How To Handle A Recall

The editors of American/Western Fruit Grower asked David Gombas, senior vice president, food safety and technology for United Fresh Produce Association, to share some tips on how growers can survive and overcome involvement in a product recall. Here are his thoughts:

Q: If a grower is involved in a recall, what is the first thing he/she should do?

A: In the event of a recall, the first thing growers should do is implement their recall plan. Of course, that means they need to have one to implement, which means that waiting for a recall to become prepared is far too late. Trying to handle a recall without a plan is like deciding to run a marathon without any training. Companies can survive a recall if they are unprepared, but it will always be more painful, emotional, and costly than if a company is prepared. And, without preparation, a company is far more likely to make a costly or even fatal mistake while handling the recall.

  • for a list of steps to take in developing and executing a recall plan.

Q: Should the recall be handled differently depending on if it’s Class I, II, or III?

A: The first question should be, “Is this a recall, a product withdrawal, or a stock recovery?” FDA provides some guidance on this on their Web page. If the product is still completely in a company’s control, it’s a “stock recovery” and no recall is needed. A “product withdrawal” occurs when a product has a minor violation that would not be subject to FDA legal action. If a product has already changed hands and left the company’s control, but there’s no evidence (at most, only a suspicion) that the product is actually adulterated, then the product may be “withdrawn.” If there is evidence of adulteration (even if the evidence is found after a product is withdrawn), and the product may be in consumers’ hands, then it’s a recall. If the affected product hasn’t reached consumers yet, getting control of it and stopping it from going any farther can make all the difference in what happens next.

Recall classifications are decided by FDA, and often after the recall has been initiated. By the time a recall team calls the FDA Regional Recall Coordinator, they should have all of their facts in line, know where all of the affected product is and how to get it back, and, if it’s a food safety issue, have a press release ready to go. And all of this should happen within the first 24 hours. The recall team should want FDA to have confidence that the company knows what it’s doing and is doing it well.

After the FDA Regional Recall Coordinator is contacted, a company should expect that FDA or state agency investigators will be visiting soon. The government’s job is to make sure that the company is handling product safety as completely and as competently as it should. The company’s job is to demonstrate to the government investigators that it is. A company should be able to convince the investigators that it has taken the issue seriously, has investigated it aggressively, and is implementing effective corrective actions to reduce the risk of the issue happening again.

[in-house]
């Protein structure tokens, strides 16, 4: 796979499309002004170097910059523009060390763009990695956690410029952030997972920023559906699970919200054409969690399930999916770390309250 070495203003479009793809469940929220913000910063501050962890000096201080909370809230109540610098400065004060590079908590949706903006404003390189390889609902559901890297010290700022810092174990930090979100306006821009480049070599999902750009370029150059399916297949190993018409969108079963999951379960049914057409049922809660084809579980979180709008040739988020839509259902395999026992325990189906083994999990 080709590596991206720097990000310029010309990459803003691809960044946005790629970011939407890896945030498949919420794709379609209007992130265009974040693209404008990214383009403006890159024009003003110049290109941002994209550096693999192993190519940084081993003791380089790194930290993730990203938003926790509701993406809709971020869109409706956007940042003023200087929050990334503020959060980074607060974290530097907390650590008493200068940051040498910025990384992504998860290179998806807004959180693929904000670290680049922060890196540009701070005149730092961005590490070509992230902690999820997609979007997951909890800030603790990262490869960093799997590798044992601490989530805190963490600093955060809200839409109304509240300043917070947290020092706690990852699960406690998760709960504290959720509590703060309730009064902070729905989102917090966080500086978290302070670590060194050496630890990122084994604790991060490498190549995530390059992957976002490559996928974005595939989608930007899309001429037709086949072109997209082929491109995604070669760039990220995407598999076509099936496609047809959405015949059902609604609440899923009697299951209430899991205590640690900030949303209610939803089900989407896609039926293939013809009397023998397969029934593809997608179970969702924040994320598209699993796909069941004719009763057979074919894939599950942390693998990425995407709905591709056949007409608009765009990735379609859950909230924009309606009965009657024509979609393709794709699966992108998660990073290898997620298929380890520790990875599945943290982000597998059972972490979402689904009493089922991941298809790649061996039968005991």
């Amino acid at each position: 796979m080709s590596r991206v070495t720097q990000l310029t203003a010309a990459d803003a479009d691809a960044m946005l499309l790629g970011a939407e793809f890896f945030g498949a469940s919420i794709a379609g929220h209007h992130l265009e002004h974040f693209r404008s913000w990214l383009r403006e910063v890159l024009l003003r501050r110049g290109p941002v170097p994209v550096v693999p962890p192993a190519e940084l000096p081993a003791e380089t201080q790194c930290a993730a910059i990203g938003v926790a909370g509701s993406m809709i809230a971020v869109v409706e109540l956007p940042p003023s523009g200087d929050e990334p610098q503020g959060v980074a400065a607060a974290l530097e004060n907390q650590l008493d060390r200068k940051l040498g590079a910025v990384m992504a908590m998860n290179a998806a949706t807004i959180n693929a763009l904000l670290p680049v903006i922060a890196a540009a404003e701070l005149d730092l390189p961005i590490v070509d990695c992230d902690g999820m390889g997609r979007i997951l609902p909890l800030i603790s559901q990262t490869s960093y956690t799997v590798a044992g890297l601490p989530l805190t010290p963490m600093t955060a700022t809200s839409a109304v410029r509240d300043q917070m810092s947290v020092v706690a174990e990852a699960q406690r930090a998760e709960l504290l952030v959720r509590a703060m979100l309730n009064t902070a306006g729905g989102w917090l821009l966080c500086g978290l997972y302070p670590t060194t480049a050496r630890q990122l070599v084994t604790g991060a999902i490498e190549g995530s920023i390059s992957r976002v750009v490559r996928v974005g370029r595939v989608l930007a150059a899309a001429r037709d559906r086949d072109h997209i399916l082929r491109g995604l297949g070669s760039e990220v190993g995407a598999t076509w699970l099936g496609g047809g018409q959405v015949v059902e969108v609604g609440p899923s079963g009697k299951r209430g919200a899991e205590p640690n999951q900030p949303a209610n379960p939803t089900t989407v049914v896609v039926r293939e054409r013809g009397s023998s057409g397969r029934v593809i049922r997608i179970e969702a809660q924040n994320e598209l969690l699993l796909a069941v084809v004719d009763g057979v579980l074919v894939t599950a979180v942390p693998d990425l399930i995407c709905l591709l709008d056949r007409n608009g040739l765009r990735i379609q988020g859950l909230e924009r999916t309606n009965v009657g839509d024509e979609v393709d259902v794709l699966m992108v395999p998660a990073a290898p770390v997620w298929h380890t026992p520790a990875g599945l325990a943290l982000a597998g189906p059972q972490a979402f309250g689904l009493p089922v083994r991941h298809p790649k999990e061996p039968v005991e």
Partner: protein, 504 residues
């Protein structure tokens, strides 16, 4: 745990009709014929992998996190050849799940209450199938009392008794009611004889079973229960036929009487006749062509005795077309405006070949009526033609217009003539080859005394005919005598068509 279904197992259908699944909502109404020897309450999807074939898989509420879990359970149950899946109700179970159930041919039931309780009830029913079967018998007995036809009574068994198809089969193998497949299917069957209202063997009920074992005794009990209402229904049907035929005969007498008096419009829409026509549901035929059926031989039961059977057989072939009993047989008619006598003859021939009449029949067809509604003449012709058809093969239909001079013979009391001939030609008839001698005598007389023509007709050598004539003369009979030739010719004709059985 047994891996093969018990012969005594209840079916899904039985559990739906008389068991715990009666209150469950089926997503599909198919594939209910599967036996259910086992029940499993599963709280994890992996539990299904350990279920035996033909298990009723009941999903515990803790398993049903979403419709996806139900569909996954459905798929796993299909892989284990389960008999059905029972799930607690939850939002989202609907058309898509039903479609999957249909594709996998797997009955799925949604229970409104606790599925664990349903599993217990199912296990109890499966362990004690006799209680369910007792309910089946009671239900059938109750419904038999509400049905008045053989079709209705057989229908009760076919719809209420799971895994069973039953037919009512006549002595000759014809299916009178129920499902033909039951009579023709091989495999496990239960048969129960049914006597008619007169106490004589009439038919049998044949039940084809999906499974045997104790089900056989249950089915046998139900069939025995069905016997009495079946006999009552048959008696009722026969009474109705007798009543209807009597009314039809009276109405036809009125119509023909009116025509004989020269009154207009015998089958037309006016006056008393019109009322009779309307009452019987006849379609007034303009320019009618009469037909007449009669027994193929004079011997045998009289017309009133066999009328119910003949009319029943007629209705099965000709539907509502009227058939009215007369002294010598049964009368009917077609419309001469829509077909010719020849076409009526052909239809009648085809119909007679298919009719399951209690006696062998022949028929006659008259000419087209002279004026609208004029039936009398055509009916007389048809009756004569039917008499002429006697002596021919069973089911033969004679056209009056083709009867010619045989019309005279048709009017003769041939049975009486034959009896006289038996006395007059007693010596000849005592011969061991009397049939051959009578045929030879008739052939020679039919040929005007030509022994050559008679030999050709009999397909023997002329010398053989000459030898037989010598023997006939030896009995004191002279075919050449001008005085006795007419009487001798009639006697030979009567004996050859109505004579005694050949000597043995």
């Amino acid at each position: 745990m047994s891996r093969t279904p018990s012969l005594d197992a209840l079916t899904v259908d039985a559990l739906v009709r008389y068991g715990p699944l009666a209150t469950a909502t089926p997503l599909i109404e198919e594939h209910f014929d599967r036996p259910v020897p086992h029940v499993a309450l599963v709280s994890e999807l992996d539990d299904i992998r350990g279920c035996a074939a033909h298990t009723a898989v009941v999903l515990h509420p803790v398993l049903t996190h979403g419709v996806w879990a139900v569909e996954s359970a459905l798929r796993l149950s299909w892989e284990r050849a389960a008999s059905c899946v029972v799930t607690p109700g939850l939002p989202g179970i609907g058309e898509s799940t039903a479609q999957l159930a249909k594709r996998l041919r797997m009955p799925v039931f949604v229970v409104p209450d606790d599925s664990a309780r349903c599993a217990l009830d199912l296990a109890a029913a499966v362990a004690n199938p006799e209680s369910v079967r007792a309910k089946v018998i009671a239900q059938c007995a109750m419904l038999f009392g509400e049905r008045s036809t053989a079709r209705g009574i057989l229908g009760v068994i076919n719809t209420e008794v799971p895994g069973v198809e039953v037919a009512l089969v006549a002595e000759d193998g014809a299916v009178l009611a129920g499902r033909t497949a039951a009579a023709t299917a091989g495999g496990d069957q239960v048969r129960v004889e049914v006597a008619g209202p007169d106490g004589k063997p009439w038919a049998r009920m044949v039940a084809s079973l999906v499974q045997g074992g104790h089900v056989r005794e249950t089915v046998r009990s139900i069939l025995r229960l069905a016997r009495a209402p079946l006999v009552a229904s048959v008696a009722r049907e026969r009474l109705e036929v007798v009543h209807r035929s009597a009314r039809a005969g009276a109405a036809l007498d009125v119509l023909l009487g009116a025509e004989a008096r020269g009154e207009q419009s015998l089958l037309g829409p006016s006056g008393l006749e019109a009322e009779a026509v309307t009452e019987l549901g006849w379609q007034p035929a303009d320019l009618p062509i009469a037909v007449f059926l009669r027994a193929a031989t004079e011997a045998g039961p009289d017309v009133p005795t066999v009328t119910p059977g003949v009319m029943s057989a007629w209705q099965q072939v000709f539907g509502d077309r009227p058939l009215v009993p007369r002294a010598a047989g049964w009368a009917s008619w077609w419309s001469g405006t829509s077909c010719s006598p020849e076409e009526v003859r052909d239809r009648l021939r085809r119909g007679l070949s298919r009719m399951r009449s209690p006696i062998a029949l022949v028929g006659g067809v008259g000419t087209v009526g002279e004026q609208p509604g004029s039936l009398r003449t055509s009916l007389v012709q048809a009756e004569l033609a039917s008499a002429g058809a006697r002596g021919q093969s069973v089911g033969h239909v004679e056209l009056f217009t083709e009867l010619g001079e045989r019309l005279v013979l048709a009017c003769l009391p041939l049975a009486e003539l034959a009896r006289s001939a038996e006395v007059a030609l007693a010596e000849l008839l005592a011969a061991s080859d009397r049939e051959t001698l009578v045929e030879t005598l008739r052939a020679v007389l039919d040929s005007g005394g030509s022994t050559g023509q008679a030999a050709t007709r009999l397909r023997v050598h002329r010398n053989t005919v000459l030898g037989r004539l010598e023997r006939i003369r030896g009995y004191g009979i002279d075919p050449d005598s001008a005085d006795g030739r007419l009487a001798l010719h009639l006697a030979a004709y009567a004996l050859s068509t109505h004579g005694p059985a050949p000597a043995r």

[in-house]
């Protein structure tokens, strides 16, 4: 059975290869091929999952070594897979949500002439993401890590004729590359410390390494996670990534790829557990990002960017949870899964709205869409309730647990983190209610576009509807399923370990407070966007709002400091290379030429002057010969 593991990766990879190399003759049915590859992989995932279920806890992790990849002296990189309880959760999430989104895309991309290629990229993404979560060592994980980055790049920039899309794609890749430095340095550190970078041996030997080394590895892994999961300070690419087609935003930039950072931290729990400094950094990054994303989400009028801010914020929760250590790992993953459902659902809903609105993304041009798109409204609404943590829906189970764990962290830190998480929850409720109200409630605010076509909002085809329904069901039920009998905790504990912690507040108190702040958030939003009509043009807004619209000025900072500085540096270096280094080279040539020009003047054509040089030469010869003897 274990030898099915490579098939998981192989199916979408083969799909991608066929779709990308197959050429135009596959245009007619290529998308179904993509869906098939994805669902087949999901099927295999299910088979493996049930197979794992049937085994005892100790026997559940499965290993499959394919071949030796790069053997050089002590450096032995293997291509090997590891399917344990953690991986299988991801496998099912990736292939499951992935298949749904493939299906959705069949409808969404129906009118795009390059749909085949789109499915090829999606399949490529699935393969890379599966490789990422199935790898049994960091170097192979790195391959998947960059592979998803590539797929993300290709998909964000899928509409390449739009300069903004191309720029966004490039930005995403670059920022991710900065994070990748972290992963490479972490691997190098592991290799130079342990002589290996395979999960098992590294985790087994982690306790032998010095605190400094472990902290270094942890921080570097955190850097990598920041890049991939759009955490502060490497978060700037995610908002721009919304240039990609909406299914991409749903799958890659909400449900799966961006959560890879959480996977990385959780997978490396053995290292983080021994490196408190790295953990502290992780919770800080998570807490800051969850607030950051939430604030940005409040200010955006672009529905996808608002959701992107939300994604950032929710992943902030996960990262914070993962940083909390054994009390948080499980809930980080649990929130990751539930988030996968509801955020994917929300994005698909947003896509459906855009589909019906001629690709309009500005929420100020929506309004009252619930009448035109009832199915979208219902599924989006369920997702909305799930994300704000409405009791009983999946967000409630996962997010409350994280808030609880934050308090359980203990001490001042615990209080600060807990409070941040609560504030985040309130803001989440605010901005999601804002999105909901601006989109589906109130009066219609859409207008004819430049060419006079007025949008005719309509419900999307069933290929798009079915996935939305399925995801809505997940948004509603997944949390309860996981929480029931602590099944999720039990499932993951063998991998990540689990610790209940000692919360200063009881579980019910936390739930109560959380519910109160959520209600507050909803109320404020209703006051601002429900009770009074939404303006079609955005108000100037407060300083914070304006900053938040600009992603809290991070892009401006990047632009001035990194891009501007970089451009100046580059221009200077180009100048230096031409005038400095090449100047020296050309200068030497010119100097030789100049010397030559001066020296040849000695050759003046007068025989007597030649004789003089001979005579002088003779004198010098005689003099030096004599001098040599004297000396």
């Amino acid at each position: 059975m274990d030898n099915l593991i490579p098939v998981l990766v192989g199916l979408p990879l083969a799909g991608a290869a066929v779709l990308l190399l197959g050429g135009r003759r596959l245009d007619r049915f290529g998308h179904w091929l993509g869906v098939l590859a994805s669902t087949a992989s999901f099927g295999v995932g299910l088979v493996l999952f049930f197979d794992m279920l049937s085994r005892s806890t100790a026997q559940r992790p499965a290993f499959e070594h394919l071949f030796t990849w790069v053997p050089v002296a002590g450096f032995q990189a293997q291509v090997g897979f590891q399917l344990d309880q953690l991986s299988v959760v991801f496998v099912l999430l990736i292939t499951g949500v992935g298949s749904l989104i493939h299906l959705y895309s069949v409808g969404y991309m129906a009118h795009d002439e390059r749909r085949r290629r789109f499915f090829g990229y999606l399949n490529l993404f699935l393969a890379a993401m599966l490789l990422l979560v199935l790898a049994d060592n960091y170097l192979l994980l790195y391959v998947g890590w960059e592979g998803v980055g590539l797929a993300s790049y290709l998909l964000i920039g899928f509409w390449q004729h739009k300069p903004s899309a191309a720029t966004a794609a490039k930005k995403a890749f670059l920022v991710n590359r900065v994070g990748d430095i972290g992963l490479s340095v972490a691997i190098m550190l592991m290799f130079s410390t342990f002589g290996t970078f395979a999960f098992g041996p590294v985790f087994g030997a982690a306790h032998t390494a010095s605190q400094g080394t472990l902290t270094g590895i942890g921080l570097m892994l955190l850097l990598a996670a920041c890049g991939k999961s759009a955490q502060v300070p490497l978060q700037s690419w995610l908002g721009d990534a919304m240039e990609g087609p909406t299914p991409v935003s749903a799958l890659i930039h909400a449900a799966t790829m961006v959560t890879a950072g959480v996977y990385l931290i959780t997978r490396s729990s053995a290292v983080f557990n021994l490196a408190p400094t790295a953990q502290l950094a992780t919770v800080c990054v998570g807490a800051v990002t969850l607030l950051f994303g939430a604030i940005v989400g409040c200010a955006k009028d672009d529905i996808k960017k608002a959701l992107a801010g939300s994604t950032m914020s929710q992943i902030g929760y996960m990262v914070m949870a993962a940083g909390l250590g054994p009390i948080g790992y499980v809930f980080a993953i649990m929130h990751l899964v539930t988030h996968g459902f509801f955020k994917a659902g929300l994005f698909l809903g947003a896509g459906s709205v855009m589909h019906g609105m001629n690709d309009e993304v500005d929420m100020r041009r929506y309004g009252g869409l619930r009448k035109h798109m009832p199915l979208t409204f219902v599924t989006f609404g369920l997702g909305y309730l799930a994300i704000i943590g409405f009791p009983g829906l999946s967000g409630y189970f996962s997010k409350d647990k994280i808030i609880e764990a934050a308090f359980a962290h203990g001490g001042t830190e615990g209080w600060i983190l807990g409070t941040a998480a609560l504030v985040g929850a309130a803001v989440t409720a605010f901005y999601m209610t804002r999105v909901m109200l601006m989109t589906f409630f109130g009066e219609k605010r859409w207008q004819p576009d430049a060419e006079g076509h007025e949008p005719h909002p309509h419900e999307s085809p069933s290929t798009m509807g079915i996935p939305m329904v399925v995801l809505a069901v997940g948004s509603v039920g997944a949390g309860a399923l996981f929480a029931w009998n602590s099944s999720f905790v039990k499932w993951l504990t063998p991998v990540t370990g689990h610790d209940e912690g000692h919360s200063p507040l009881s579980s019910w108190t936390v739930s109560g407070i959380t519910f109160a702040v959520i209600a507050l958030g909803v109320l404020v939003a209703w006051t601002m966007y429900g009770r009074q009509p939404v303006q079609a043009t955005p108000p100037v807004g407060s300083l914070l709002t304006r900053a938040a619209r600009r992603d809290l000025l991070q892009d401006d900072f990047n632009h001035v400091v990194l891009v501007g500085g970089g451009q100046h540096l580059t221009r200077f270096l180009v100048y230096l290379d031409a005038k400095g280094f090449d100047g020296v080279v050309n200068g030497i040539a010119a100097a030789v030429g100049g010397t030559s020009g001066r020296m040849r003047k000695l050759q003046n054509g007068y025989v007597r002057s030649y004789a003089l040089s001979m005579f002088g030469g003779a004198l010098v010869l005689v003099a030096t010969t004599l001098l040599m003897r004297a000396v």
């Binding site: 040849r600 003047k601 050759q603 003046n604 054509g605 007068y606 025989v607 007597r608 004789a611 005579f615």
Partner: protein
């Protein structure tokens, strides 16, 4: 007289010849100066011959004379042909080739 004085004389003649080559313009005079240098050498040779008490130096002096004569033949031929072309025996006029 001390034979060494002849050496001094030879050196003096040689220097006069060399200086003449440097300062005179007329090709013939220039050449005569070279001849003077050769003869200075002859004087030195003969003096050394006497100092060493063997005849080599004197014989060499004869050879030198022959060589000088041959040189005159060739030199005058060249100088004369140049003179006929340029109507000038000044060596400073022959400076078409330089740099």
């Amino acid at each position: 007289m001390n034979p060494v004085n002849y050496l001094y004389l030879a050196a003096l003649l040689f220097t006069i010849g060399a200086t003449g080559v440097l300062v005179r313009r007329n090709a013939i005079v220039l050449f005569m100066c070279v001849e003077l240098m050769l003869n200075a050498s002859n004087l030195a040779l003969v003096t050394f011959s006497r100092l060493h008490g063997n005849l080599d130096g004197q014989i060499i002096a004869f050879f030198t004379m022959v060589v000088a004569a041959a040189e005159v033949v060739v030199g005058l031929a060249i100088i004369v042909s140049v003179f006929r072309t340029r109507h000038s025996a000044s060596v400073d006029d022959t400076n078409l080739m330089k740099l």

Q: What resources are out there to help growers if they are involved in a recall?

A: FDA provides recall guidance to the industry, including model press release letters, at www.fda.gov/Safety/Recalls/IndustryGuidance/default.htm.

United Fresh offers a service to member companies during a crisis. We will work with a member’s recall team to review the evidence of the contamination, to review and provide advice on their recall plan, even work with them on communications. We don’t replace their recall team or write their recall plan, but we do provide a “sounding board” to help a company avoid the most common mistakes.

Q: Is there anything you’d like to add?

A: A company doesn’t have to do anything wrong to be caught in a recall situation. I’ve worked with many companies in these situations, and every one has been shocked to hear that a product they’ve handled might be contaminated. Many companies don’t survive a recall even if they are prepared; but fortune favors the prepared.

Last September, FDA created a new Reportable Food Registry. Any company that has evidence that an ingredient or product they’ve handled is adulterated, i.e., “a food or feed that may cause severe health consequences or death to humans or animals,” is legally obligated to report it to FDA through the RFR portal. Currently, farms are exempt and only companies that are required to have registered with FDA are required to comply, but growers should become familiar with the RFR nevertheless (www.fda.gov/Food/FoodSafety/FoodSafetyPrograms/RFR/default.htm). Experience has shown that, if a packinghouse or subsequent customer reports a produce item in the RFR, the grower will almost always be included in the investigation.

There’s a mistaken perception that if a product has passed its use by or shelflife date, then no recall is necessary. Not so. If FDA thinks there is any reasonable chance that a contaminated product is still in consumers’ hands, even in a consumer’s freezer, they will very likely request a recall.

Knowing when to pull the trigger on a recall is one of the most difficult decisions a recall team will have to make. Too late, and you may have put more consumers at risk. Too soon, and the recall may not have been necessary and you’ve created unnecessary liability and costs, in dollars and to your company’s reputation.

For a list of steps to take in developing and executing a recall plan,

Leave a Reply

Featured Stories
Crop Protection
July 23, 2017
USDA Invests $7.6 Million toward Beneficial Research
Projects to promote beneficial organisms as part of a pest control strategy. Read More
Citrus
July 22, 2017
Representative from Washington Proposes Amendment to H-2A Program
Move broadens use of H-2A to all of agriculture to include those with multiple crops and harvests. Read More
Insect & Disease Update
July 21, 2017
University of California Launches Website to Update Growers on Citrus Research
Easy-to-read format designed to give growers up-to-date information on huanglongbing and Asian citrus psyllid research. Read More